SALT LAKE CITY — Sometimes the Great Salt Lake smells of brine shrimp. There are winter days when the air quality meter hits “chunky soup.” And if you’re thinking of late-night clubbing, you may have to settle for Denny’s.
At the same time, Salt Lake City, home of the Jazz, does have beauty. This year’s No. 5 overall draft pick, Dante Exum, mentioned two impressions on his first trip to Utah: the lake and the mountains. Pretty much the same things legendary trapper Jim Bridger mentioned, the difference being Bridger didn’t have a crossover dribble.
Meanwhile, Salt Lake just topped CNN Money’s list of least stressed-out cities.
Good thing they didn’t do the study during the NBA season.
With the league's free agency period beginning Monday at 10 p.m. MDT, the Jazz are about to get on their game faces for the second time in a week. First was Thursday’s draft, which yielded Exum and Duke forward Rodney Hood. As exciting as it was for the Jazz, there is also the fact it’s not enough. Without major help via trades or free agency, the Jazz remain short of playoff-worthiness — at least until the 18-year-old Exum grows up.
Exum’s and Hood’s arrival is a nice bonus for the Western Conference’s worst team, but general manager Dennis Lindsey is (again) talking patience. That’s a hard thing for fans of a team that has missed the playoffs six of the last 11 years.
It has long been assumed Utah can’t compete for marquee free agents. But that’s not entirely true. Carlos Boozer was a major acquisition in 2004. He went on to play in two All-Star games before bailing out when the chance arose. Now he’s in Chicago, where he remains a rebounding/scoring machine who couldn’t guard a parking meter.
With that in mind, it’s natural to wonder where free agency fits into Lindsey’s master plan, along with drafting, developing and trading.
“We want to tell our story to top free agents and get that audience,” he said on Friday.
Top free agents. Hmmm.
“We have great wherewithal to pay — even by free agent market terms,” he continued.
Translation: the Jazz have mad cash. OK, at least they have cap room.
“So we’ll look at those and explain our story — which I think is a good story,” Lindsey said.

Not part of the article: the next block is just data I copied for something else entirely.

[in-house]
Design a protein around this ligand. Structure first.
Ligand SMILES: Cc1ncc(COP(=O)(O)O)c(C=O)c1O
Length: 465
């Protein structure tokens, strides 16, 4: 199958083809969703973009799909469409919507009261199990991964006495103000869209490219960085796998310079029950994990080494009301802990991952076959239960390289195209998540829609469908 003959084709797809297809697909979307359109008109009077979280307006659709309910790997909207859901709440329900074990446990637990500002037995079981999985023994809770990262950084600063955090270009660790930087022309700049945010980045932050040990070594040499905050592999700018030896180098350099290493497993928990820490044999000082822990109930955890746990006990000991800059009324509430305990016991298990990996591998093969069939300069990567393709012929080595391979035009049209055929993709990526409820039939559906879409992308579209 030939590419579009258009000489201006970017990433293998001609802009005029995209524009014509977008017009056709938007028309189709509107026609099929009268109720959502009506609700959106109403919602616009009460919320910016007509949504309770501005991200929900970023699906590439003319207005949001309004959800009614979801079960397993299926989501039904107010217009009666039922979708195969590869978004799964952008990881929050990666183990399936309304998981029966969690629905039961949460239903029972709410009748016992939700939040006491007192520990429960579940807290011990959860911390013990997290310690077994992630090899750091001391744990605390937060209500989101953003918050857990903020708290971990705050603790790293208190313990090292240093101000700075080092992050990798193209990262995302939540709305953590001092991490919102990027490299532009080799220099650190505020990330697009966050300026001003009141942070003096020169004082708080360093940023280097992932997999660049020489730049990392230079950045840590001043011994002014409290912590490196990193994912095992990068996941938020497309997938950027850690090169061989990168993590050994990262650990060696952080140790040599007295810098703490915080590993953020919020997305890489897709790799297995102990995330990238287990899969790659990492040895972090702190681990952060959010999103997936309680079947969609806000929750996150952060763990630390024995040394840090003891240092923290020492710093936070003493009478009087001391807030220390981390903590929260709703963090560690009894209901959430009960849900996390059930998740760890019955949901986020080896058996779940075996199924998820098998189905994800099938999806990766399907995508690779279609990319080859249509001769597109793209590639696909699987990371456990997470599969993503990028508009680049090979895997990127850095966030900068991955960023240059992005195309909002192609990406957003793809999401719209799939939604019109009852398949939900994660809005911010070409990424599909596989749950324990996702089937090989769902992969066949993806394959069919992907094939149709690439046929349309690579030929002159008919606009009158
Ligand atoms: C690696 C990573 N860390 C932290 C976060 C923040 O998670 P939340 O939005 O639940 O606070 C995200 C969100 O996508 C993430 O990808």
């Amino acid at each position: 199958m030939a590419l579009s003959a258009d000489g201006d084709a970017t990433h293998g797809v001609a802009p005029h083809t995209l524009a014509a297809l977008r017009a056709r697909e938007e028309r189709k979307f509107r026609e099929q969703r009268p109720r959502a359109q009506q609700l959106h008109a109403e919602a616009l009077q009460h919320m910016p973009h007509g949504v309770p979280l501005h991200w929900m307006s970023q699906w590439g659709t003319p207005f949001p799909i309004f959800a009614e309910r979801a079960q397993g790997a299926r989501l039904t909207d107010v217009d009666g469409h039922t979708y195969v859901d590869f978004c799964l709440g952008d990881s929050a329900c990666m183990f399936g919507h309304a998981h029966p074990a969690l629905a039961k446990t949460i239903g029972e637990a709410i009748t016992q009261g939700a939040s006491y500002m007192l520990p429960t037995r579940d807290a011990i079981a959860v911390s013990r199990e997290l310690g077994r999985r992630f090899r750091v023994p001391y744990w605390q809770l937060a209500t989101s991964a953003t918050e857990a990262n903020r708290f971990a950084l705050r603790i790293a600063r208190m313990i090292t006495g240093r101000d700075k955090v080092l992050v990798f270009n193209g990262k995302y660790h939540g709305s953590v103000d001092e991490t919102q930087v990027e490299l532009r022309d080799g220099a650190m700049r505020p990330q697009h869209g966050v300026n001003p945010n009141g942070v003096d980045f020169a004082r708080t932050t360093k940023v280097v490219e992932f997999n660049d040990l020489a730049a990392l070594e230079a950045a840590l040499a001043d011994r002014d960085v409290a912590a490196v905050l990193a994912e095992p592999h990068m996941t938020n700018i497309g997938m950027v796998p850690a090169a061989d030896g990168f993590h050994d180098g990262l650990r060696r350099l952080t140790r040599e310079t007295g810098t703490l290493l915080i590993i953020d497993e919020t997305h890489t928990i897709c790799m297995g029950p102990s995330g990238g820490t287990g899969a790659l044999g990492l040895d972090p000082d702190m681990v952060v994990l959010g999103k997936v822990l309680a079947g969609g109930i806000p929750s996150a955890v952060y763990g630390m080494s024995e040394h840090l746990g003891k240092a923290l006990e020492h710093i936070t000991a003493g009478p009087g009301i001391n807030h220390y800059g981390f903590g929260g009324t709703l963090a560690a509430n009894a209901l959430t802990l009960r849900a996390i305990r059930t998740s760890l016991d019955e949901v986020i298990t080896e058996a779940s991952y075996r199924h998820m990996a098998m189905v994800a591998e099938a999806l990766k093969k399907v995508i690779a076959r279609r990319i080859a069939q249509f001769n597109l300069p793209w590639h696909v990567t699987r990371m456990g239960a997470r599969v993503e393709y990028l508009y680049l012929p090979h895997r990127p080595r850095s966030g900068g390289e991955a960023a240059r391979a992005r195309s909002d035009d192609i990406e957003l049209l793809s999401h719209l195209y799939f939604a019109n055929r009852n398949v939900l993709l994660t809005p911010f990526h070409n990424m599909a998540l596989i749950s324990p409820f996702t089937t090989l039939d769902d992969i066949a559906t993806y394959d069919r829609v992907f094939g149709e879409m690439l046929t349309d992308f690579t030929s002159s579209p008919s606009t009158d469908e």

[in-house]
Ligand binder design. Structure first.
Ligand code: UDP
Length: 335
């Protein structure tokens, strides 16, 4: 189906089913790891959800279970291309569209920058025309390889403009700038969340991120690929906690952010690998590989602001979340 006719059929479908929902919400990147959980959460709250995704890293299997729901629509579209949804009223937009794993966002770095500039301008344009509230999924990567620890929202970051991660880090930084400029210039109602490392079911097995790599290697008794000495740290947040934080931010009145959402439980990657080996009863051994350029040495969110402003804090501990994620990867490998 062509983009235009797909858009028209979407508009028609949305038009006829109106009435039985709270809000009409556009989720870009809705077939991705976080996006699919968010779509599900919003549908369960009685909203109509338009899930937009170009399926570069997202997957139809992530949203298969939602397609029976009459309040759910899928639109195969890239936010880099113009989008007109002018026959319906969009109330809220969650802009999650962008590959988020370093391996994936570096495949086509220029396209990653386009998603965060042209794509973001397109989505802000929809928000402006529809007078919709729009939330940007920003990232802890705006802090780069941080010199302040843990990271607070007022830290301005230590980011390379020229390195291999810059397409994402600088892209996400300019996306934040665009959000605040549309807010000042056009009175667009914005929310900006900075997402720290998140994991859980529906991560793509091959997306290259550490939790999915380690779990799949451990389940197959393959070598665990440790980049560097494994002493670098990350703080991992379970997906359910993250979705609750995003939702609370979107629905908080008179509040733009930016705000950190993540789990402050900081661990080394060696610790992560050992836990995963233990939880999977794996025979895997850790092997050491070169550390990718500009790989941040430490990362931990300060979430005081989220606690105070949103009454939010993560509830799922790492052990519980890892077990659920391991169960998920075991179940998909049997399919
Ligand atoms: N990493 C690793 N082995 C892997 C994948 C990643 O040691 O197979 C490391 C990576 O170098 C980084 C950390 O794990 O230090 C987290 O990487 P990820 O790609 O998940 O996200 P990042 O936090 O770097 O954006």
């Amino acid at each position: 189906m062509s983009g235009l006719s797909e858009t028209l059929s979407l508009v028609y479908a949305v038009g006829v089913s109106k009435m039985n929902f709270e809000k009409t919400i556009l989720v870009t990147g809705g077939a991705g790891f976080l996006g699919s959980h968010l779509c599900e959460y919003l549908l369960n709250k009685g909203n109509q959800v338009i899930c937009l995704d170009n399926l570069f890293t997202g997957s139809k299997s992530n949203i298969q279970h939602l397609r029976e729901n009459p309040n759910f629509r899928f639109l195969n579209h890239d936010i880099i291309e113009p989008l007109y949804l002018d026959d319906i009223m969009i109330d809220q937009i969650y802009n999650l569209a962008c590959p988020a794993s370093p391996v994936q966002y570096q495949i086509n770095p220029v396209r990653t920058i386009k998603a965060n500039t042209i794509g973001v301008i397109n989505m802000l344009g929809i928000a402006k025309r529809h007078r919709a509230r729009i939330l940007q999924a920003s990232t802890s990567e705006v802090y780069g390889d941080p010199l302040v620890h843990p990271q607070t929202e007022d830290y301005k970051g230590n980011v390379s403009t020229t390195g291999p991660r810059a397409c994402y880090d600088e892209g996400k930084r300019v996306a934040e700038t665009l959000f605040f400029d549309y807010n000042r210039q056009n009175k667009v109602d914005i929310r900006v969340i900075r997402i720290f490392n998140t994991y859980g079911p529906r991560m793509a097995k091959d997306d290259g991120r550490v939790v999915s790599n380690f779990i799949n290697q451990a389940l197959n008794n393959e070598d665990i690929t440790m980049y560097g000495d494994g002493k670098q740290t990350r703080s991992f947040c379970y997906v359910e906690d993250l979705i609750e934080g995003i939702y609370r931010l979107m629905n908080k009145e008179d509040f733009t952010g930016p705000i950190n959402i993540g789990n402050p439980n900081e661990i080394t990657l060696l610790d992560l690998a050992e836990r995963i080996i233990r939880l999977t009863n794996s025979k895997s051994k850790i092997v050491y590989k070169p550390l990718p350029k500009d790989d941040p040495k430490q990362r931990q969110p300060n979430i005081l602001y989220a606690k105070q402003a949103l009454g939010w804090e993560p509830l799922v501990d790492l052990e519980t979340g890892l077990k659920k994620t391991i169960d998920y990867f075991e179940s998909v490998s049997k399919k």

This is where it gets a little murky.
“Then we’ll move to the different tiers and look at their roles and who could be complimentary to the young guys,” he said.
So the Jazz are apparently going to pitch themselves to the big guys: LeBron James, Carmelo Anthony, Chris Bosh and maybe one or two others — if they’ll listen. Then they’ll try for stars whose years are short and/or whose games have dipped, but could tide the Jazz over until the kids become stars. Possibilities are Pau Gasol, Ray Allen, Shawn Marion, Boris Diaw. Maybe the Jazz can even acquire a rising star looking for more money or prominence, such as Patty Mills, Greg Monroe or Chandler Parsons.
(Jimmer Fredette is also a free agent. But with Quin Snyder saying defense will be a priority, that option seems unlikely.)
Lindsey says he’s optimistic; the hunt hasn’t even begun. He was previously with the Houston Rockets, where “if you had a marquee player, you could attract another player.”
However, he said, “In San Antonio, for whatever reason, there wasn’t a lot of free agent signing, even with Gregg Popovich and Tim Duncan. We got good free agents, but not the ones you’d call marquee, so we had to go to the draft and parlay that via trades and augment with free agency. So I think that model is probably closer to the model we’ve played out here historically.”
LeBron is sounding more distant by the minute.
“I’m trying to tell the story of Salt Lake and the organization and how special this place is," Lindsey said. "I believe that out there somewhere there is a Reggie White, who will leave big markets — leave Philadelphia and go to Green Bay — because he can identify with the values. Hopefully we’ll find a marriage like that."
At the same time, Lindsey isn’t oblivious to the odds. When it comes to marketing and endorsements, players gravitate to Miami, Los Angeles, Boston, New York, Chicago. Lindsey notes Duncan’s unwavering loyalty to small-market San Antonio, which has resulted in championships.
“At the end of the day, I think the average player is looking at the win-loss column, more than he’s looking at his checking account,” Lindsey said. “I really believe that.”
Good, but what the Jazz need are above-average players.
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